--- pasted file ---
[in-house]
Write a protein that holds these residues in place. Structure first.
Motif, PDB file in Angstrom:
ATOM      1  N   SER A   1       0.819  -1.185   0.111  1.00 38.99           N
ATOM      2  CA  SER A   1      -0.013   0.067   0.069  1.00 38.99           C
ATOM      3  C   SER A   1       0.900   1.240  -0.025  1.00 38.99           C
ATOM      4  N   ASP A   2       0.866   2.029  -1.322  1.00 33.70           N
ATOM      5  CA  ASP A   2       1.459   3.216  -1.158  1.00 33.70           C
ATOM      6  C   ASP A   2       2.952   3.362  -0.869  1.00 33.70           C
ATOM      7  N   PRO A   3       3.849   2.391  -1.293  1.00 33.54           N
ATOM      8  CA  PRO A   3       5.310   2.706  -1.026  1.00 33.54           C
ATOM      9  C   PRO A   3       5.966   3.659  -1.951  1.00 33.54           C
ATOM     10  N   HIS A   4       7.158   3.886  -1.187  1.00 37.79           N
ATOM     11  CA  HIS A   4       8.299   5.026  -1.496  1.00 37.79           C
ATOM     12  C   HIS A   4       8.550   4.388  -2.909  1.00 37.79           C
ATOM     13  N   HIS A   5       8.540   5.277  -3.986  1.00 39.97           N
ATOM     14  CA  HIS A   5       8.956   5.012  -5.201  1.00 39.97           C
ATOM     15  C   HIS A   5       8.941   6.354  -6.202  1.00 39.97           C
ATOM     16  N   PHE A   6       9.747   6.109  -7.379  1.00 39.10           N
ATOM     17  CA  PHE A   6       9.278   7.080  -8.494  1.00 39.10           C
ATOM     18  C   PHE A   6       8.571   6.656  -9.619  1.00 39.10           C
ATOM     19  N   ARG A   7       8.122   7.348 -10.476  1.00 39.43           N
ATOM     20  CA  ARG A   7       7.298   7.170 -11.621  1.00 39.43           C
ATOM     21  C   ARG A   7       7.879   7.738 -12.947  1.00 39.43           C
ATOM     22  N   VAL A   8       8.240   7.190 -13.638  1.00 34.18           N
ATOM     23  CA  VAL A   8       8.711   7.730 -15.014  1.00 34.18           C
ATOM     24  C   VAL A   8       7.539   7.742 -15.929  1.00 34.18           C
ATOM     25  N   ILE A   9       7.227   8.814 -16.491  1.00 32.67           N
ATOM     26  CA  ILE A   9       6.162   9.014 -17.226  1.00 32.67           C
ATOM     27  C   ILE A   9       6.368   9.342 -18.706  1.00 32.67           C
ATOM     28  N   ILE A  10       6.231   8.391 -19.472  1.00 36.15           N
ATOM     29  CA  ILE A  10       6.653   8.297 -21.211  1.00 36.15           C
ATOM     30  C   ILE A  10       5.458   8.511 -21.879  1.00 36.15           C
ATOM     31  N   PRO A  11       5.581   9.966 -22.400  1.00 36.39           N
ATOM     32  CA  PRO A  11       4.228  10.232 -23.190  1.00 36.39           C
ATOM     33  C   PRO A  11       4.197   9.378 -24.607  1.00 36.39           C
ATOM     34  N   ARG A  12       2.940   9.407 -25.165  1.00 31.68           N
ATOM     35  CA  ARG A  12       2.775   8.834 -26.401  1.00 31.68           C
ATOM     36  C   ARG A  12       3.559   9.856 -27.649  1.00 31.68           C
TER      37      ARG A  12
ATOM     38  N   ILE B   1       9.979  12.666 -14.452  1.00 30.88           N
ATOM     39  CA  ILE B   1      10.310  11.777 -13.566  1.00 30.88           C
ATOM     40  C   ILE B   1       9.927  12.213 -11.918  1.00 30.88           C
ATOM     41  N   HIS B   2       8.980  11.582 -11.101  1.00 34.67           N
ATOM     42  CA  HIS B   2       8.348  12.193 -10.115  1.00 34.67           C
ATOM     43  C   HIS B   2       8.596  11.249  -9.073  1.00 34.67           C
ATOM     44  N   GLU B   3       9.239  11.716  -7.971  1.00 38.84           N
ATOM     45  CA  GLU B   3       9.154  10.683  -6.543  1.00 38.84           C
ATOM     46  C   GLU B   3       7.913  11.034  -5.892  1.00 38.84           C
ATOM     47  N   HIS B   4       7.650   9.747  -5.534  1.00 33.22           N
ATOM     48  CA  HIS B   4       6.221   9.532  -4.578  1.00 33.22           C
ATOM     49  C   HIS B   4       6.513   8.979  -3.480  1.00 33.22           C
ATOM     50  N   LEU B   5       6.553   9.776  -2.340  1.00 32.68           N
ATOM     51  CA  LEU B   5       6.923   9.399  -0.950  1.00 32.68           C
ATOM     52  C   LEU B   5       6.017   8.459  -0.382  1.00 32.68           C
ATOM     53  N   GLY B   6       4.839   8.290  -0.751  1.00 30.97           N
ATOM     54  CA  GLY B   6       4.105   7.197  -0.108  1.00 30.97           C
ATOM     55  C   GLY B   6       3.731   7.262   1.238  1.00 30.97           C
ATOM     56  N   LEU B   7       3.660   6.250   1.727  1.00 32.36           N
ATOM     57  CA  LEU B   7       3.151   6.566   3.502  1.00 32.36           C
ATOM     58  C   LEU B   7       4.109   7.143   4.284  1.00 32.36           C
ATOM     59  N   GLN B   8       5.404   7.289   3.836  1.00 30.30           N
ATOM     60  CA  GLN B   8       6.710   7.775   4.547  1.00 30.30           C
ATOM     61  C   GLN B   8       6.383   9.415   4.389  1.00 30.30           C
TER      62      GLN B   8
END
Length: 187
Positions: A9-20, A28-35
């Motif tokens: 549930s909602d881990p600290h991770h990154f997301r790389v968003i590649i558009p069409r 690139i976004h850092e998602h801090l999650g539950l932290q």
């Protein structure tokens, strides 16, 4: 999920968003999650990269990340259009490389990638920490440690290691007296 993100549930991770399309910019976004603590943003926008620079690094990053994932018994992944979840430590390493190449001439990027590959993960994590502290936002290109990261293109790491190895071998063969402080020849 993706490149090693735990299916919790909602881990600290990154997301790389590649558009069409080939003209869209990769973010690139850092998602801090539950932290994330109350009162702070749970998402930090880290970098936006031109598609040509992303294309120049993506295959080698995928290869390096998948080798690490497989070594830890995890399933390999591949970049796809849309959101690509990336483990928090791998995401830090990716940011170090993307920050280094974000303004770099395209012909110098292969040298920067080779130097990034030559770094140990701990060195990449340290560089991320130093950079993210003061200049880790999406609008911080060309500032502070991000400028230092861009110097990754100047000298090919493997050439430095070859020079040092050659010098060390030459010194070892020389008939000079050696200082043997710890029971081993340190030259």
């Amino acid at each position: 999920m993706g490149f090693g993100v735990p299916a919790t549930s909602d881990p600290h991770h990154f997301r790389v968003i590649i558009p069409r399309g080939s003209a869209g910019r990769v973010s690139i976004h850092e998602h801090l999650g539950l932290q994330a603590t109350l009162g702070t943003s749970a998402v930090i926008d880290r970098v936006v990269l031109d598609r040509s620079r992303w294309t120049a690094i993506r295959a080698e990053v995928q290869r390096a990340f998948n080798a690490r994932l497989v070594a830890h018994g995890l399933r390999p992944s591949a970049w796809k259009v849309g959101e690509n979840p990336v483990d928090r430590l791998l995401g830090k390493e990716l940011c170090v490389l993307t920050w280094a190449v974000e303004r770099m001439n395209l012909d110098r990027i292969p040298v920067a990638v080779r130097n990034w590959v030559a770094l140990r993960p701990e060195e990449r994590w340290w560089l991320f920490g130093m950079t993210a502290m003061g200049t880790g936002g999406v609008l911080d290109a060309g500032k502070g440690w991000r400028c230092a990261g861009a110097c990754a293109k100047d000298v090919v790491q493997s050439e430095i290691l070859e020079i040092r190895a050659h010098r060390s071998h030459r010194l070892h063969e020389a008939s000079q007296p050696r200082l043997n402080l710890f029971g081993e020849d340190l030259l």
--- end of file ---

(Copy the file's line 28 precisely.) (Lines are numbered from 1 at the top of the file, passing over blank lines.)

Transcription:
ATOM     25  N   ILE A   9       7.227   8.814 -16.491  1.00 32.67           N